Only thing I've really "standardized" is calibers. All my semis are 9mm. Though I still do plenty of revolver and rim fire shooting. I do try to get most my triggers to be similar. I've gotten rid of all my DA/SA handguns and my Glock has a (-) connector with NY1 spring to make it feel more like a short and smooth revolver DA. Other than that.. variety is the spice of life.. and its especially fun with guns. I like to be familiar with multiple firearms but I still do most my shooting with my Glock.

Shenaniguns
08-24-2012, 9:35 AM
I certainly disagree that having a diverse collection is an idiotic waste of money. I like being familiar and proficient with every different type of firearm action and even having representative samples of most and multiple variations of some.

I think it's only naturally though to spend the most time, effort and money shooting the ones that you prefer. And how will you know what you prefer unless you've tried the others?


Nobody says not to try them out first to figure out what you'd like to standardize on.

redcliff
08-24-2012, 9:42 AM
You seem to have missed something. He said that he went through a stage of buying & shooting all kinds of handguns before having an epiphany. I have done the same. That's how we know what we like.

I guess what it really boils down to, is your core purpose for owning handguns. If its just a hobby for you, I don't see any problem with a diverse collection.

My comment was in regard to DocGKR calling a diverse collection both "childish" and "idiotic". While he's welcome to his opinion, so am I.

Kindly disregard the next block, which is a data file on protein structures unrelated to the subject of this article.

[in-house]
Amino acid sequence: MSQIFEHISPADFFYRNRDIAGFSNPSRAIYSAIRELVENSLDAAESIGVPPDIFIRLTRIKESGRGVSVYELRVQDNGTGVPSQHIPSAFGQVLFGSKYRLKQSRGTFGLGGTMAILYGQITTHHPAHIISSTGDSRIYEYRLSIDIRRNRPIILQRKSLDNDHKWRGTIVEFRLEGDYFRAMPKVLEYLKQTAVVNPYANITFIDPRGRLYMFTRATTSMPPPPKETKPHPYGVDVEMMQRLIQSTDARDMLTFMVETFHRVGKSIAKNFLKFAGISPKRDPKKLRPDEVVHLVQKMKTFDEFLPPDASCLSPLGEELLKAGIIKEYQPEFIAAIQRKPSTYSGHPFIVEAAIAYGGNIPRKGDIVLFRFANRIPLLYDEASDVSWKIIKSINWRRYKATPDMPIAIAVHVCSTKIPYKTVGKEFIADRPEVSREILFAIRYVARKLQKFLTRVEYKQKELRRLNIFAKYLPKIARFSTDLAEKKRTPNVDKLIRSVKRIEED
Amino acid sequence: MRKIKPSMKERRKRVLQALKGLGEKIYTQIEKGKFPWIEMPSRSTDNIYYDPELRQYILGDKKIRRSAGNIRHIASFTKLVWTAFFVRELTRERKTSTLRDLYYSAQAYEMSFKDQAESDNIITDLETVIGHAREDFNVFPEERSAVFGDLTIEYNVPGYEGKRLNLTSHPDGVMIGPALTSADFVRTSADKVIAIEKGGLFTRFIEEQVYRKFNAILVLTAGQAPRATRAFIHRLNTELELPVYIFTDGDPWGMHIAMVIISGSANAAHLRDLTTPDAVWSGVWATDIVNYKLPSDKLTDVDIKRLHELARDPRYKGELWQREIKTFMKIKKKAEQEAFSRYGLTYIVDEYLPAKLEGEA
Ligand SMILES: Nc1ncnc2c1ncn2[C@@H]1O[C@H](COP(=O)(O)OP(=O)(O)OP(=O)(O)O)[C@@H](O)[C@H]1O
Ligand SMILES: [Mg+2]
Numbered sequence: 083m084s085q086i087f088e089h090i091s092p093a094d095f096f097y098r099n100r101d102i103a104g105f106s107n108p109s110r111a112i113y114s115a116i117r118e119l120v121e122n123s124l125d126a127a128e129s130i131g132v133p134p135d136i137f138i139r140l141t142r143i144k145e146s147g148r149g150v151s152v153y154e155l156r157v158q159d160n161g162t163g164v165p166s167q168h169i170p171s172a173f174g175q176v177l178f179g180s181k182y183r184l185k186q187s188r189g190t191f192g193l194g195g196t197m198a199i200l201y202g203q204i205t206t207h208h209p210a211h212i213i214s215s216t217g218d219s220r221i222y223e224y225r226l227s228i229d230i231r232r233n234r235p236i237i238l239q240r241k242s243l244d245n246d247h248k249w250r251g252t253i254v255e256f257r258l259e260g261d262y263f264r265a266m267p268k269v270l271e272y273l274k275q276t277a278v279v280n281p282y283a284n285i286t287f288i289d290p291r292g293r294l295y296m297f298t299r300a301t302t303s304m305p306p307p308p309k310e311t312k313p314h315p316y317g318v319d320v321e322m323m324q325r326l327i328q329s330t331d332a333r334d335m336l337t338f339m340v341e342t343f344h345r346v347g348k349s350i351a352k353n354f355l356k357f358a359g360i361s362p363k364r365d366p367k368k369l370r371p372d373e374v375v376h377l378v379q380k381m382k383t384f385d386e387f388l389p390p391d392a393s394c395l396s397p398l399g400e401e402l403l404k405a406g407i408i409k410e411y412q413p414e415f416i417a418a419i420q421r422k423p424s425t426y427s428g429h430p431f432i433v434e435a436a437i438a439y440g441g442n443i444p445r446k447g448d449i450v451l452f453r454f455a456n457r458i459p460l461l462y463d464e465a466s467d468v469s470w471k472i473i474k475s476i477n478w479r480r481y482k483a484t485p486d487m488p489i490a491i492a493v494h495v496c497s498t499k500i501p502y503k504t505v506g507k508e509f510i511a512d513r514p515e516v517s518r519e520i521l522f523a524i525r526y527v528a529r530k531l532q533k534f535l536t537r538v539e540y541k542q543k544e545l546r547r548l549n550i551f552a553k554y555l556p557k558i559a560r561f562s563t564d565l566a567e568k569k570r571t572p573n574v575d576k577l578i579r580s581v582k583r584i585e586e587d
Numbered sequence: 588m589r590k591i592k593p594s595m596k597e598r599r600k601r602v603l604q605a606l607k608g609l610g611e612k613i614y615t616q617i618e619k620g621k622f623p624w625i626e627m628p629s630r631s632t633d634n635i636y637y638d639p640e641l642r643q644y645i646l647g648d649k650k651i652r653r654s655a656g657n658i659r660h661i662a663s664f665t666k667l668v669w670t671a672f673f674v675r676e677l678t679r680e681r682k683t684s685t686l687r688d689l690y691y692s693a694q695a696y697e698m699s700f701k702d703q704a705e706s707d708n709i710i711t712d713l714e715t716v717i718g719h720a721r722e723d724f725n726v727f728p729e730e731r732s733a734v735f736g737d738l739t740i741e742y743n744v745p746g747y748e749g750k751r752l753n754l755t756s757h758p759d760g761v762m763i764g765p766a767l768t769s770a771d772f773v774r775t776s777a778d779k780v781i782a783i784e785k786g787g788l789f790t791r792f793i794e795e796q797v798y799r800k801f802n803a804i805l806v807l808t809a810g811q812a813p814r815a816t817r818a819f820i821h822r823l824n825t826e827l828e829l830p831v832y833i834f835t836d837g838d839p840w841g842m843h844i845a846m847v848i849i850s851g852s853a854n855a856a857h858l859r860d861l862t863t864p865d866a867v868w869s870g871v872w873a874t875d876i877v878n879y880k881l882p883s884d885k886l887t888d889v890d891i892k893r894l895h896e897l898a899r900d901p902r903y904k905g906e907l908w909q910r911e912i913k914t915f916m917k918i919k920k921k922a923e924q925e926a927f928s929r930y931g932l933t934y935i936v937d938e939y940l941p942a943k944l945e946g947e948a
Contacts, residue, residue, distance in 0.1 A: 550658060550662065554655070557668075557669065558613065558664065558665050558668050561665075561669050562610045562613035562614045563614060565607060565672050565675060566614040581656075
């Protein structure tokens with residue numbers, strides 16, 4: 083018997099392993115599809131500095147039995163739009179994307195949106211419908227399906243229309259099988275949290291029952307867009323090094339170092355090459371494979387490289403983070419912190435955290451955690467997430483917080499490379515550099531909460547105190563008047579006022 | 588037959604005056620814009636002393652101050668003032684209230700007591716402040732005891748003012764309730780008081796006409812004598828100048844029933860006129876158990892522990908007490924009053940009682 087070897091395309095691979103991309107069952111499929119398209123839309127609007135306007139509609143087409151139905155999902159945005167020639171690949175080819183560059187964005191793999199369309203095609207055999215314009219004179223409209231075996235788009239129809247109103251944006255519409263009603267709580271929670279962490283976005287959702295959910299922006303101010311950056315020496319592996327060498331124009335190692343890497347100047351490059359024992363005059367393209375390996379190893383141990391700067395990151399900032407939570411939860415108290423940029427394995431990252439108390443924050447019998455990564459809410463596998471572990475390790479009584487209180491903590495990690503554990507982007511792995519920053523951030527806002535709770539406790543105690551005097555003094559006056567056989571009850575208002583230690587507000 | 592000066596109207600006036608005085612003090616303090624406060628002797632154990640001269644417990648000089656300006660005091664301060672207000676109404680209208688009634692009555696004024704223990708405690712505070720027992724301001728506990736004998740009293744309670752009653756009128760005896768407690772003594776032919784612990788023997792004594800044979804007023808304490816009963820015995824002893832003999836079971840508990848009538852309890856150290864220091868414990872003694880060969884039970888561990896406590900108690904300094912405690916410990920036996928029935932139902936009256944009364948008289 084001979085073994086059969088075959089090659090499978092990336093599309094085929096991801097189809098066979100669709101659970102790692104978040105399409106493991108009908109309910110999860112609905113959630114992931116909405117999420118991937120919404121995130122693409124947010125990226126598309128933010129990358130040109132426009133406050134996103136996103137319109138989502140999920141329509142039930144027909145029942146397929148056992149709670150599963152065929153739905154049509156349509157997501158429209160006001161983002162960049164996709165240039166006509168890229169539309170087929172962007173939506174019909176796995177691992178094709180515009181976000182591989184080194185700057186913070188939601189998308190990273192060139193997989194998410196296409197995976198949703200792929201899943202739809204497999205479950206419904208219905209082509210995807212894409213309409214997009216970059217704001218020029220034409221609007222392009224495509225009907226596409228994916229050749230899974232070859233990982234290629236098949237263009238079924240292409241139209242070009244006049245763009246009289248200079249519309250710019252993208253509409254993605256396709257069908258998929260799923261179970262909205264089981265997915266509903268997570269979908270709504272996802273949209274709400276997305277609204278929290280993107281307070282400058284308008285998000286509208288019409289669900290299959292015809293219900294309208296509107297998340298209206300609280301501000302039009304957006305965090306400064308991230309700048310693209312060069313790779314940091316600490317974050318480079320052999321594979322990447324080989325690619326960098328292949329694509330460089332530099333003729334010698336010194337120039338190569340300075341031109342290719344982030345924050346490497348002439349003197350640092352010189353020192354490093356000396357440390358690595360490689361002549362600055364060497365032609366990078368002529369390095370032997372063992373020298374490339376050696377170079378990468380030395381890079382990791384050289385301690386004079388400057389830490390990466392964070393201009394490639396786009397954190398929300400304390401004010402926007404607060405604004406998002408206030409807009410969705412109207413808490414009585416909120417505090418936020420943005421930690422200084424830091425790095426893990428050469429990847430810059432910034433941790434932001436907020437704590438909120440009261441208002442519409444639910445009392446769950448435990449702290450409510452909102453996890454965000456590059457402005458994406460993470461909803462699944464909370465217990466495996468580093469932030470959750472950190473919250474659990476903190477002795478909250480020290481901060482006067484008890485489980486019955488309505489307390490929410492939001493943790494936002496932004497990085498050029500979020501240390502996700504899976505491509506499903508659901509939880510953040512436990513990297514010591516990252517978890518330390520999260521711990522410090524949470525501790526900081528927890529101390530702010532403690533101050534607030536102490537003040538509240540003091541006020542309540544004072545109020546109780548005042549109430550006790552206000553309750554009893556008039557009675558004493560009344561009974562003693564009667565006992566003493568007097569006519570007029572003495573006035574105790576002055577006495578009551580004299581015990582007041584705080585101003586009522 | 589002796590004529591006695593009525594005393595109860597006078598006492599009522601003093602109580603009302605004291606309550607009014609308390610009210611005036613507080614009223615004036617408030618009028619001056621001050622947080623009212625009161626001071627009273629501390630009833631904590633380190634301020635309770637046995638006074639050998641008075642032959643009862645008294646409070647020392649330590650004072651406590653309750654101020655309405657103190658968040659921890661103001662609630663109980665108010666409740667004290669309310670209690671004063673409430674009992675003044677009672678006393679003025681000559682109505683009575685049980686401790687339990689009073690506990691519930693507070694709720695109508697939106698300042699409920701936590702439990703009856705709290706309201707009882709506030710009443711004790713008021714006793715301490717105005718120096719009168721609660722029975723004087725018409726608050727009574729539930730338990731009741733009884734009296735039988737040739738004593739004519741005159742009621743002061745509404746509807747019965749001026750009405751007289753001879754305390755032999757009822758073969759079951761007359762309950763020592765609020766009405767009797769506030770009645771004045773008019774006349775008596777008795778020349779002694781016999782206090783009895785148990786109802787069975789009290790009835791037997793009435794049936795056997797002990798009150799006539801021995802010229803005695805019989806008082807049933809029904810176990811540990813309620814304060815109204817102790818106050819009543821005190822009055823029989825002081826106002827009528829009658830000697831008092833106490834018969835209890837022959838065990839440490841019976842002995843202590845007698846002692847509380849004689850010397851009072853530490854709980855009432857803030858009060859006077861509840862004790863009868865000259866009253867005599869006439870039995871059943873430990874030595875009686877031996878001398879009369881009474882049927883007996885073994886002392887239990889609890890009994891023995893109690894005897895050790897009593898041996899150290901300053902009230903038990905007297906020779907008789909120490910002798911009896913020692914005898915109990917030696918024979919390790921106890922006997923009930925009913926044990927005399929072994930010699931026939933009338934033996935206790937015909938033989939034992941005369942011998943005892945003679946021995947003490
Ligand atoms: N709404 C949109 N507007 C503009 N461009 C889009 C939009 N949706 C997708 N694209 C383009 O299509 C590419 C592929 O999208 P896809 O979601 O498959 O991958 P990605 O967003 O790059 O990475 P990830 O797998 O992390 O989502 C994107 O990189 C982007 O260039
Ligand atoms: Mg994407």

And while I'm glad you don't see a problem with a diverse collection as long as "its just a hobby", it's possible to be both a collector and a proficient shooter. Not everyone shares the same time and financial constraints.

Let me try to put things in perspective. Many of you buy at least one or two handguns (or more) per year. Once you realize that it's better to buy quality firearms you tend not to sell them; you bought them for a reason and they're not easy to replace, especially older pre-mim models without extraneous lawyer designed safety devices and with old school craftmanship and finishes no longer available. Now imagine having done that each year for 38 years or longer. Your collection will tend to get both large and diverse, with multiple variations of those firearms that interest you. That doesn't prevent you from specializing in the platform that you shoot best and training with it while picking up other firearms along the way.